Meanwhile, Dr. King is insisting that there is a genetic link and working to find it, despite a lack of support.  She is told it will take ten years for the computers available to her to analyze the data she is collecting from women who are in families with multiple cases of breast cancer.  But Bernstein wisely makes Annie Parker, rather than Dr. King, the focus of the film.  This adds warmth and drama to a story that would otherwise be a lot of people in lab coats getting turned down for grants and crunching data.  Parker makes an engaging guide to the years of struggle faced by both women, with a wry sense of humor and a steeliness of resolve that, endearingly, is as much a surprise to her as it is to everyone around her.  She is very funny quacking (really!) to get the attention of a bored doctor’s office receptionist (Rashida Jones), who later becomes her close friend and ally.  Morton is superb, showing us Parker’s vulnerability as well as her courage, and making us understand the scope and the human dimension of Dr. King’s work.  When they finally meet we see how in an important way they kept each other going.

Parent should know that this film has themes of cancer, illness, and loss, with sad deaths and some disturbing scenes of symptoms and treatment, sexual references and brief explicit situations, adultery, some very strong language, and drinking.

Family discussion: Why did Paul and Annie have such different reactions to illness? How did humor help Annie stay courageous? Read up on Dr. King and her opposition to patenting gene sequences.

If you like this, try: “50/50,” “Wit,” and “God Said Ha!”

Related Tags:

 

Based on a true story Drama Movies

Summer Movies 2014

Posted on May 1, 2014 at 8:00 am

godzilla-movie-posterHurry for summer movies!  Sequels!  Superheroes!  Cars!  Kisses!  YA books!  Gross-out comedies!  Quirky indies!

Summer movie season kicks off in a big way tomorrow with “The Amazing Spider-Man 2.”  Other comic book superheroes coming soon to a theater near you include “Guardians of the Galaxy” and “X-Men: Days of Future Past” (which unites both casts from the previous films).  Next week, we’ll get the new “Godzilla,” starring Bryan Cranston.

how-to-train-your-dragon-2And summer means sequels.  I’m very excited about “How to Train Your Dragon 2.”  I’ve seen some footage already and it looks amazingly great.  They don’t want us to call “Transformers: Age of Extinction” a sequel!  It’s a reboot, with a new cast including Mark Wahlberg (but Stanley Tucci is back).   “Dawn of Planet of the Apes” is a both a reboot and a sequel, if you know what I mean. “Sin City: A Dame to Kill For” is a sequel to the Frank Miller story, starring Joseph Gordon-Levitt, Josh Brolin, and Mickey Rourke.  The Teenage Mutant Ninja Turtles are back for more pizza and action.  “Think Like a Man Too” takes the gang to Las Vegas.  For families with young children, “Planes: Fire and Rescue” is coming from Disney.  I’m always glad to see another “Step Up” movie — this one is “All In.”  Angelina Jolie stars as “Maleficent,” giving us another look at one of Disney’s scariest villains.  And “22 Jump Street” looks very funny in a totally NSFW way.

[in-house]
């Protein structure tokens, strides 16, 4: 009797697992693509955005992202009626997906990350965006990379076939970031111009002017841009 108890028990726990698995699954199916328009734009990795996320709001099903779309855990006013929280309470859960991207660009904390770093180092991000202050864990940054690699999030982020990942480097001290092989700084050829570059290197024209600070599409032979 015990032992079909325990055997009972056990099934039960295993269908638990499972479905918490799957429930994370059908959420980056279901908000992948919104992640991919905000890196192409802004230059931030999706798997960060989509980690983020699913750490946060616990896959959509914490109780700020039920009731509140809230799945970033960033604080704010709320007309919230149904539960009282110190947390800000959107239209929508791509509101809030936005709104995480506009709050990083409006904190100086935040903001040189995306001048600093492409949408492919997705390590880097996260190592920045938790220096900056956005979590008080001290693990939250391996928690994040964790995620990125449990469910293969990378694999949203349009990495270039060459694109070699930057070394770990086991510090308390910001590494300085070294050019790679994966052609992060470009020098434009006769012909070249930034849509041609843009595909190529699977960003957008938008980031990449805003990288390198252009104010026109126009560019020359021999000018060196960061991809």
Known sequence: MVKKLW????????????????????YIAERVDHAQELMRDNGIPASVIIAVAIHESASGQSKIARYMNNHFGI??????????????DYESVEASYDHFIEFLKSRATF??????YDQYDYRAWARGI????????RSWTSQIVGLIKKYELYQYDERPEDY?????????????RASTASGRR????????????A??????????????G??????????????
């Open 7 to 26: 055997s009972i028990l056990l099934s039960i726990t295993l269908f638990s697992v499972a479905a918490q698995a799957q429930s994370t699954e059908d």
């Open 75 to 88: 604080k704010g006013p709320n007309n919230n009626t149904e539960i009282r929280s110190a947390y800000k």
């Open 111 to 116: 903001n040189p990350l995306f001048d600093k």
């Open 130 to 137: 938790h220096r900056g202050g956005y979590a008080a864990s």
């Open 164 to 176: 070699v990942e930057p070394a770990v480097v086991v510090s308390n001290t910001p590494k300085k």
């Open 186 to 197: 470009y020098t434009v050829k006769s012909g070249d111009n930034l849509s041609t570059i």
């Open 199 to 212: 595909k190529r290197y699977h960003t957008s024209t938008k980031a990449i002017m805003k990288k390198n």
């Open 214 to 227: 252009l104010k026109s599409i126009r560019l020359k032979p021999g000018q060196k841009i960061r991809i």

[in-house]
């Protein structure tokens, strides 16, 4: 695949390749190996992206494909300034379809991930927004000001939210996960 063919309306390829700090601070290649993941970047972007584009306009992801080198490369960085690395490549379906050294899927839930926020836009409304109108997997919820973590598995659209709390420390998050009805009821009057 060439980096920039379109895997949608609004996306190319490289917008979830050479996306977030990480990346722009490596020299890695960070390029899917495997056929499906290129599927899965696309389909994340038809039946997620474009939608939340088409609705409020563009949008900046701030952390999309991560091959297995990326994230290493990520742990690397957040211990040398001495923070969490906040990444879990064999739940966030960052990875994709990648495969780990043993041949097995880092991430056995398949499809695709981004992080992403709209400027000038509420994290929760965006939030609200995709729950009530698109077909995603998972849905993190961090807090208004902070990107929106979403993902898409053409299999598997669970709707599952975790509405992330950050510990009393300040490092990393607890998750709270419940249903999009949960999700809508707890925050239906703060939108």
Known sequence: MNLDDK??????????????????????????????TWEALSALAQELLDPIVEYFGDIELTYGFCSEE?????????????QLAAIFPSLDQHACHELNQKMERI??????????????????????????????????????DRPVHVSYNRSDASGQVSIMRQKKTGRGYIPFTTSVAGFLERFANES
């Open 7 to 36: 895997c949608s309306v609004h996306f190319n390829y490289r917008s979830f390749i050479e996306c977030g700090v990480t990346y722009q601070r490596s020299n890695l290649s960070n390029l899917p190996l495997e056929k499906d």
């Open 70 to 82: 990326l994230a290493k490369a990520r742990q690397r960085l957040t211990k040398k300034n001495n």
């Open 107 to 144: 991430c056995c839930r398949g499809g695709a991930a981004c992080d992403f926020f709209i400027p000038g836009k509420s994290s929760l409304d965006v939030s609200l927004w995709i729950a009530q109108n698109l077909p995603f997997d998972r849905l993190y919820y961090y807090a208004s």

YA novels come to the screen with the much-anticipated “Fault in our Stars” (bring a box of tissues, maybe two) and “The Giver.”

Quirky indies include Jon Favreau, returning to a small-budget, intimate story after the “Iron Man” blockbusters with “Chef,” and Daniel Radcliffe, Adam Driver, and Zoe Kazan in “What If.”

https://www.youtube.com/watch?v=Q5zyC4mzh9U

It looks like a great year for sci-fi special effects films.  I’m especially looking forward to the Wachowskis’ “Jupiter Ascending” with Mila Kunis and Channing Tatum and Tom Cruise and Emily Blunt in “Edge of Tomorrow.”  And we’re getting a second Hercules film this year, this one starring The Rock.

And Scarlett Johansson continues her extraordinary year with Luc Besson’s “Lucy.’

Off-the-wall gross-out comedies include Melissa McCarthy’s “Tammy” with Susan Sarandon (as her grandmother!), “Sex Tape” with Jason Segal and Cameron Diaz learning to their dismay what “the cloud” means, and Seth Rogan and Zac Efron as feuding “Neighbors.”  Adam Sandler reunites with his best co-star, Drew Barrymore, in “Blended,” the story of two single parents who have a disastrous date and then find themselves and their children sharing space on vacation on an African safari.  I’m guessing there will be animal poop.

One of the most intriguing films this summer is “Boyhood,” filmed over a 12 year period so that it could follow the story of a young boy as he goes through adolescence, from Richard Linklater of the “Before Sunrise/Sunset/Midnight” series.

We’ll also get some great documentaries this summer, led off by the brilliant film I saw last week at Ebertfest, “Life Itself.”  I can’t wait to see it again.

Related Tags:

 

Trailers, Previews, and Clips
THE MOVIE MOM® is a registered trademark of Nell Minow. Use of the mark without express consent from Nell Minow constitutes trademark infringement and unfair competition in violation of federal and state laws. All material © Nell Minow 1995-2020, all rights reserved, and no use or republication is permitted without explicit permission. This site hosts Nell Minow’s Movie Mom® archive, with material that originally appeared on Yahoo! Movies, Beliefnet, and other sources. Much of her new material can be found at Rogerebert.com, Huffington Post, and WheretoWatch. Her books include The Movie Mom’s Guide to Family Movies and 101 Must-See Movie Moments, and she can be heard each week on radio stations across the country.

Website Designed by Max LaZebnik